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New Russian arms deals could shake up Mideast market

As Russia considers expanding in the Iranian and Saudi arms markets, the rest of the world is asking what such moves would mean for Moscow’s foreign policy and security role in the region.
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While Washington is concerned about Russia selling missiles to Iran, arguing it would “greatly boost Iran’s air defenses,” Moscow is seriously considering going further in arming the United States' top ally in the region, Saudi Arabia. This possibility raises questions over the role Russia wants to play in the regional security framework in general and how its arms export policy serves its foreign policy in particular.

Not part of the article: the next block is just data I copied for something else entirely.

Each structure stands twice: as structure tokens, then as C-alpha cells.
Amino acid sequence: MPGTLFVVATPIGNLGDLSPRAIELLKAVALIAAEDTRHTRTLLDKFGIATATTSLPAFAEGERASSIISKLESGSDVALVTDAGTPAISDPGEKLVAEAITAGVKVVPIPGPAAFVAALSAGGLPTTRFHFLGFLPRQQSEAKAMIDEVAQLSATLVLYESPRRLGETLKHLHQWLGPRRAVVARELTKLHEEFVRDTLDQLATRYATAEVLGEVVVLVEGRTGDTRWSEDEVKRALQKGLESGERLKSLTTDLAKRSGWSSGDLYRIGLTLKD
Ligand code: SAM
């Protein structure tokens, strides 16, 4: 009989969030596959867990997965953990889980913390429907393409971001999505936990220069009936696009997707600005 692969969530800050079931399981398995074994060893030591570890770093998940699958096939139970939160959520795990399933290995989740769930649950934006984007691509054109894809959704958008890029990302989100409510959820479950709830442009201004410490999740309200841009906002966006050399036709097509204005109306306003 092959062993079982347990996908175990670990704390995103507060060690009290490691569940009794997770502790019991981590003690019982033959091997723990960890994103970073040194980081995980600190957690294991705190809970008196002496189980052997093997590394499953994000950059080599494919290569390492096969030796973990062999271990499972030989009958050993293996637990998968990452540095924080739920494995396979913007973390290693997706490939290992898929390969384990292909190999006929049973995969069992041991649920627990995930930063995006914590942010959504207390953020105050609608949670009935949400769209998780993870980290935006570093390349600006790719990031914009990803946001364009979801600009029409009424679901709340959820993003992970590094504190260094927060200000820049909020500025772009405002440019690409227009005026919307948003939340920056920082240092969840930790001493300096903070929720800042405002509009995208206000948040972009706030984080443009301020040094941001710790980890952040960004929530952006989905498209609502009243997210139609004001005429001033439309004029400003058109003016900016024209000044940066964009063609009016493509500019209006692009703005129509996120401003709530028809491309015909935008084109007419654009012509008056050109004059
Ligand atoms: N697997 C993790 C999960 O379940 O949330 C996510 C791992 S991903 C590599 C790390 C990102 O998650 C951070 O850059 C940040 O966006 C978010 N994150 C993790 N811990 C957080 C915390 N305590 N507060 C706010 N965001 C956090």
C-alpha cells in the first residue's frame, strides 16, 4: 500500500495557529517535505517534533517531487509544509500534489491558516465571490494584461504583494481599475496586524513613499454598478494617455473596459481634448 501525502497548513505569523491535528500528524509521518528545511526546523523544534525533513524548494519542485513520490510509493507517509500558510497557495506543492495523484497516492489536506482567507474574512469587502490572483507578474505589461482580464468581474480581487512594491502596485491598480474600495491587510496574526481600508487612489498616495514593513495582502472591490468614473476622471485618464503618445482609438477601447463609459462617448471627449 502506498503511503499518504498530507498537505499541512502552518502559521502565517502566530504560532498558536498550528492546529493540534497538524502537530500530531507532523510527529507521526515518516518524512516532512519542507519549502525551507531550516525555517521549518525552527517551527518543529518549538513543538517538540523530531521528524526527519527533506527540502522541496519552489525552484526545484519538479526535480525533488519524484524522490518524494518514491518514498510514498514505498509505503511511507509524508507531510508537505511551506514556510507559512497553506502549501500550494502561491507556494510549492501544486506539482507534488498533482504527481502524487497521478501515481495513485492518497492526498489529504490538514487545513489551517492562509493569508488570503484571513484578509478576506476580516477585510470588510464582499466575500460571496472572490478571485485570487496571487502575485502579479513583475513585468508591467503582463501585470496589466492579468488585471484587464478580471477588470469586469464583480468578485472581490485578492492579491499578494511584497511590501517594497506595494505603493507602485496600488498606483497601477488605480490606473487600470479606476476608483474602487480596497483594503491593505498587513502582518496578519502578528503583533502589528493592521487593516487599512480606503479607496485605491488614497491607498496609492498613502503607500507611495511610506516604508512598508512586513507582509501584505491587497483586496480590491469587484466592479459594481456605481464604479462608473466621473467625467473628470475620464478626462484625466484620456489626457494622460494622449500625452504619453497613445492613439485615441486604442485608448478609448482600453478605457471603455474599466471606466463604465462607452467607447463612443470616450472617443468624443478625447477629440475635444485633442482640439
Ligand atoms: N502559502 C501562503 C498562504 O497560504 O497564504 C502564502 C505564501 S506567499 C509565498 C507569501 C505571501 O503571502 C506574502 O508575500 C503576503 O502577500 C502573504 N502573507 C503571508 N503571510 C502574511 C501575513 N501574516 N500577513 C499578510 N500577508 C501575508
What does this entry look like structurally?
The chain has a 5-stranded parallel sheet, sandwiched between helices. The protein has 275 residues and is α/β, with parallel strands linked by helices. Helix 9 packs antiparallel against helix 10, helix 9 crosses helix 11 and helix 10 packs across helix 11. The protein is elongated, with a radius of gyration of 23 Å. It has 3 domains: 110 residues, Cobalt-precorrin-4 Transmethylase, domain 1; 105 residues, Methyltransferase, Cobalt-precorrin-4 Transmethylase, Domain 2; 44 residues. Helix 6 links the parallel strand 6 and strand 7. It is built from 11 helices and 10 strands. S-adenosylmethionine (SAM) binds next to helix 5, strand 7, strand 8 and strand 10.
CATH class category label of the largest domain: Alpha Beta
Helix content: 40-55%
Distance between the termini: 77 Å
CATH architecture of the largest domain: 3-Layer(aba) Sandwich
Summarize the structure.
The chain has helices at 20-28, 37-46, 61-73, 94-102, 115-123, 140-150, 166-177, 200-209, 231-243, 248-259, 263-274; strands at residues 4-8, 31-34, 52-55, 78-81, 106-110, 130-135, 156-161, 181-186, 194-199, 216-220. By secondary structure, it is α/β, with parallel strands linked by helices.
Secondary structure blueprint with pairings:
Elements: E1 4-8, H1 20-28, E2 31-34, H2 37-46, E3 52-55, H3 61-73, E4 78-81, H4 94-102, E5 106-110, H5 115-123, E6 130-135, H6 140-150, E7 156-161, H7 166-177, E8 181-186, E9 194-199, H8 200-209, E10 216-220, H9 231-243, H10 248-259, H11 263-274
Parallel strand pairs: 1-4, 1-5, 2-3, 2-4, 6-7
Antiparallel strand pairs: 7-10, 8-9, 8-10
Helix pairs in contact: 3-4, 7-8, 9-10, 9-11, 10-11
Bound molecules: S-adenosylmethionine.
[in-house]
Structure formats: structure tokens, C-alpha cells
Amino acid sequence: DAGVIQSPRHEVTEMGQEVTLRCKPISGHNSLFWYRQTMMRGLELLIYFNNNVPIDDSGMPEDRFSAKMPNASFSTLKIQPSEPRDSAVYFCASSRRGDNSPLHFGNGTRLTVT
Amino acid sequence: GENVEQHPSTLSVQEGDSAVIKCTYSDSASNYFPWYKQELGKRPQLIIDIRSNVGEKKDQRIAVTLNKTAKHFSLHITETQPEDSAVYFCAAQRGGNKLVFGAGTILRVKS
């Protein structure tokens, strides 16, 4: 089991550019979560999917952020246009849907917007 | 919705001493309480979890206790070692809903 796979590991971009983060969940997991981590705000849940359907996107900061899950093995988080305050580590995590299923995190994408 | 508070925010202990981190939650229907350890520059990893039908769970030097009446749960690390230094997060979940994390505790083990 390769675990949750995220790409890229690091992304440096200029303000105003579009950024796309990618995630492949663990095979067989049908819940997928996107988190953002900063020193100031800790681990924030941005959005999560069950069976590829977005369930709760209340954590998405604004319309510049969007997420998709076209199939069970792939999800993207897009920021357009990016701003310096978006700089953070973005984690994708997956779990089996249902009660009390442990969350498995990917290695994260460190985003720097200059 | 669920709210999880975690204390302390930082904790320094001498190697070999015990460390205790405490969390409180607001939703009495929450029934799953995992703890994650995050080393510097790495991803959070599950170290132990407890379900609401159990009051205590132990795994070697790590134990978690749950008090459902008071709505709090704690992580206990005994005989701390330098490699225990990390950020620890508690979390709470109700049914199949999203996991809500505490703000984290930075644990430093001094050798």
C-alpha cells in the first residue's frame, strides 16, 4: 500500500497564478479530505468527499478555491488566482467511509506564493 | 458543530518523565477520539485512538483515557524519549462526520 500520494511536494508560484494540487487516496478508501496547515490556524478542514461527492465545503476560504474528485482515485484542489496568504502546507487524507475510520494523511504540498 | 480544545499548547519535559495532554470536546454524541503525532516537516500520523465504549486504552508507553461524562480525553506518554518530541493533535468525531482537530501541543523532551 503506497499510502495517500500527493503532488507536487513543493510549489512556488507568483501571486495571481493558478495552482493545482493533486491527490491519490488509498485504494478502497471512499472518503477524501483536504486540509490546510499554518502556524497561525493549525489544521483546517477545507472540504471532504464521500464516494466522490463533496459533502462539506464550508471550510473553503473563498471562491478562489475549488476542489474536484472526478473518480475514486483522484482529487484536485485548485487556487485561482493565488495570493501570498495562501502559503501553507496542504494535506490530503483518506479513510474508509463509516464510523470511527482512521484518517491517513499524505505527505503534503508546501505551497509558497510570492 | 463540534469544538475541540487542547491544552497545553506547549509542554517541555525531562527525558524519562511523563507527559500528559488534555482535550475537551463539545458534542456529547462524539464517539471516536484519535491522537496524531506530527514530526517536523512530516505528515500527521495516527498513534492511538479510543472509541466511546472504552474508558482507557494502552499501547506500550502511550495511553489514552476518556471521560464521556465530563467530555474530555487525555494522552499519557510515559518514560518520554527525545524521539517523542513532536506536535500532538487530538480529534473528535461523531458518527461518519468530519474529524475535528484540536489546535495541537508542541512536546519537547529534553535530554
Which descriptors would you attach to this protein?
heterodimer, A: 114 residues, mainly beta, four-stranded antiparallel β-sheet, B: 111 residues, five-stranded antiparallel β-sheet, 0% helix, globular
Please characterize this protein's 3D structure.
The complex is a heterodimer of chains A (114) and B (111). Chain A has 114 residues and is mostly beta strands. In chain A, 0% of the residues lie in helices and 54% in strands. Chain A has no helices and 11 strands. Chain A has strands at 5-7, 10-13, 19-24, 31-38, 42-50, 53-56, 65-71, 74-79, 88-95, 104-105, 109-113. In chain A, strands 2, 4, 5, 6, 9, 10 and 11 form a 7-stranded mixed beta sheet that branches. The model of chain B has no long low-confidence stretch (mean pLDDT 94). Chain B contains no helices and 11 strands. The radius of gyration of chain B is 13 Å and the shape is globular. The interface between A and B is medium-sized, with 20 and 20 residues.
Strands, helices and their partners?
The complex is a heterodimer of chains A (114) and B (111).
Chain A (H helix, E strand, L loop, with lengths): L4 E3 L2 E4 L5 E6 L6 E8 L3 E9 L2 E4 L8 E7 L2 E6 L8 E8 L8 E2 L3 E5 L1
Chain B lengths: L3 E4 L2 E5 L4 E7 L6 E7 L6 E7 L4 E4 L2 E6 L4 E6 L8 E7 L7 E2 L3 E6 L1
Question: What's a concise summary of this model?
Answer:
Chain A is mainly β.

Historically, Russia (including when it led the Soviet Union) has been one of the world’s largest arms exporters. Today, like any manufacturing industry, arms production has a sound economic significance to the sanctions-crippled Russian economy. The industry is made up of 20 companies, including the air defense giant Almaz-Antey, with a total revenue of $12.25 billion as of 2009. The industry provides about 20% of all manufacturing jobs in the country and employs around 3 million people. In a critical time for the industry, President Vladimir Putin has ensured it is not only export-oriented but serves state defense orders, making it one of the drivers of the Russian economy and a symbol of national pride. As a result, in 2007, Russian defense orders amounted to 302.7 billion rubles ($12.35 billion at the 2007 exchange rate average) — skyrocketing from 62 billion in 2002 ($1.9 billion at that year's exchange rate average).

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